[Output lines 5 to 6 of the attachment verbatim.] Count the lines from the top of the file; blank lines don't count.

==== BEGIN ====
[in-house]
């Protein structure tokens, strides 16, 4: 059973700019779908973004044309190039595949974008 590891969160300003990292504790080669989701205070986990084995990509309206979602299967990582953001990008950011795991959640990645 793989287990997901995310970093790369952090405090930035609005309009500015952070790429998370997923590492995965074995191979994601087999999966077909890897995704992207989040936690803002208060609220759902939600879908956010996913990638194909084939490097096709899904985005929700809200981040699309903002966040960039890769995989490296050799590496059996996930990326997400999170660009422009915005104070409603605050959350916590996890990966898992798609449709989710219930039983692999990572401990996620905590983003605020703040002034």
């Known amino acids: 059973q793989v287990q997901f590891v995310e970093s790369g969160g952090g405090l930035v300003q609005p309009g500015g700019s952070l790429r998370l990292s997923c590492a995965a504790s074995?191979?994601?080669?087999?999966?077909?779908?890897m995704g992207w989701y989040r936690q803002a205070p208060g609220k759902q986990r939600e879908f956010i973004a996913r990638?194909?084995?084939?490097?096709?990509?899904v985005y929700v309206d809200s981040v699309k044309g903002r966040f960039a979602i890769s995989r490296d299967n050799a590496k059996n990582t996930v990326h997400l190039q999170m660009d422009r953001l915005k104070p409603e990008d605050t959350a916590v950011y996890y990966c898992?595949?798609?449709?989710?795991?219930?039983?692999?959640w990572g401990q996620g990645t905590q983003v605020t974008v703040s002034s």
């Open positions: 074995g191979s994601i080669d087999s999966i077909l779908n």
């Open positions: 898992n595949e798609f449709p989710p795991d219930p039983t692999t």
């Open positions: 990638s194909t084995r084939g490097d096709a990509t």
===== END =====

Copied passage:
């Open positions: 898992n595949e798609f449709p989710p795991d219930p039983t692999t």
């Open positions: 990638s194909t084995r084939g490097d096709a990509t």